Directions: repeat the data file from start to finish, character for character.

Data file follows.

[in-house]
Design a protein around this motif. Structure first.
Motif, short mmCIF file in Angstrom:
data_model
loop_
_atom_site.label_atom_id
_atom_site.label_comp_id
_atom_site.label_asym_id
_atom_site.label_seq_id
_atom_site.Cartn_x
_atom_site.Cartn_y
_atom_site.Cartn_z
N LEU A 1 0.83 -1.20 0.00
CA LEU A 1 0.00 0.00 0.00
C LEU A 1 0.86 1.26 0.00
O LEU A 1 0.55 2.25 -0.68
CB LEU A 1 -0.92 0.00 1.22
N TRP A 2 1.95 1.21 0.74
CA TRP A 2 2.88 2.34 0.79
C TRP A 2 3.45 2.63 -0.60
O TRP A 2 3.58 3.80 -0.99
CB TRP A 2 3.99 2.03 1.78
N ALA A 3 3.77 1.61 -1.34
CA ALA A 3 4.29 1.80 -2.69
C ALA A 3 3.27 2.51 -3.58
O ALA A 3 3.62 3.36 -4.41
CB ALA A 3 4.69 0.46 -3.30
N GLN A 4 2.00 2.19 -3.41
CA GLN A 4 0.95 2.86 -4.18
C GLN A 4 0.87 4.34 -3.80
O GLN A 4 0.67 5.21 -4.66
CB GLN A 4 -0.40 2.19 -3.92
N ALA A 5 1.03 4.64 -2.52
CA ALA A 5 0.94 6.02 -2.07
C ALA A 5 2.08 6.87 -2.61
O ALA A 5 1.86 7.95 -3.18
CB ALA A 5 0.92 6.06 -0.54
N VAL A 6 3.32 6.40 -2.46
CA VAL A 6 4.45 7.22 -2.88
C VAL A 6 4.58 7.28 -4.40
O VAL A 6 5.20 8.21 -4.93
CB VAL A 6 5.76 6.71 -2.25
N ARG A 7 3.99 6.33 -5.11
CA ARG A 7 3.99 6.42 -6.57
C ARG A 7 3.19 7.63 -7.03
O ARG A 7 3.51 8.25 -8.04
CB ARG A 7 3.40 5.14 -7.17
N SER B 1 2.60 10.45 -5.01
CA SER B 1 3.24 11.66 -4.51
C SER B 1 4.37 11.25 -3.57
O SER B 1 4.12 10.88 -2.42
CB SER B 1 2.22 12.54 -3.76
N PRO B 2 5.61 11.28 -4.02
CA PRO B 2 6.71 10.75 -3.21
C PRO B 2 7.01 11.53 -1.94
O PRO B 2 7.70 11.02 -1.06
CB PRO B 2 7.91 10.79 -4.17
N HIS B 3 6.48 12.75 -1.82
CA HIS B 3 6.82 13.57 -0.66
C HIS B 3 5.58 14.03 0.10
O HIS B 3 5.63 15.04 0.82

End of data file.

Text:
[in-house]
Design a protein around this motif. Structure first.
Motif, short mmCIF file in Angstrom:
data_model
loop_
_atom_site.label_atom_id
_atom_site.label_comp_id
_atom_site.label_asym_id
_atom_site.label_seq_id
_atom_site.Cartn_x
_atom_site.Cartn_y
_atom_site.Cartn_z
N LEU A 1 0.83 -1.20 0.00
CA LEU A 1 0.00 0.00 0.00
C LEU A 1 0.86 1.26 0.00
O LEU A 1 0.55 2.25 -0.68
CB LEU A 1 -0.92 0.00 1.22
N TRP A 2 1.95 1.21 0.74
CA TRP A 2 2.88 2.34 0.79
C TRP A 2 3.45 2.63 -0.60
O TRP A 2 3.58 3.80 -0.99
CB TRP A 2 3.99 2.03 1.78
N ALA A 3 3.77 1.61 -1.34
CA ALA A 3 4.29 1.80 -2.69
C ALA A 3 3.27 2.51 -3.58
O ALA A 3 3.62 3.36 -4.41
CB ALA A 3 4.69 0.46 -3.30
N GLN A 4 2.00 2.19 -3.41
CA GLN A 4 0.95 2.86 -4.18
C GLN A 4 0.87 4.34 -3.80
O GLN A 4 0.67 5.21 -4.66
CB GLN A 4 -0.40 2.19 -3.92
N ALA A 5 1.03 4.64 -2.52
CA ALA A 5 0.94 6.02 -2.07
C ALA A 5 2.08 6.87 -2.61
O ALA A 5 1.86 7.95 -3.18
CB ALA A 5 0.92 6.06 -0.54
N VAL A 6 3.32 6.40 -2.46
CA VAL A 6 4.45 7.22 -2.88
C VAL A 6 4.58 7.28 -4.40
O VAL A 6 5.20 8.21 -4.93
CB VAL A 6 5.76 6.71 -2.25
N ARG A 7 3.99 6.33 -5.11
CA ARG A 7 3.99 6.42 -6.57
C ARG A 7 3.19 7.63 -7.03
O ARG A 7 3.51 8.25 -8.04
CB ARG A 7 3.40 5.14 -7.17
N SER B 1 2.60 10.45 -5.01
CA SER B 1 3.24 11.66 -4.51
C SER B 1 4.37 11.25 -3.57
O SER B 1 4.12 10.88 -2.42
CB SER B 1 2.22 12.54 -3.76
N PRO B 2 5.61 11.28 -4.02
CA PRO B 2 6.71 10.75 -3.21
C PRO B 2 7.01 11.53 -1.94
O PRO B 2 7.70 11.02 -1.06
CB PRO B 2 7.91 10.79 -4.17
N HIS B 3 6.48 12.75 -1.82
CA HIS B 3 6.82 13.57 -0.66
C HIS B 3 5.58 14.03 0.10
O HIS B 3 5.63 15.04 0.82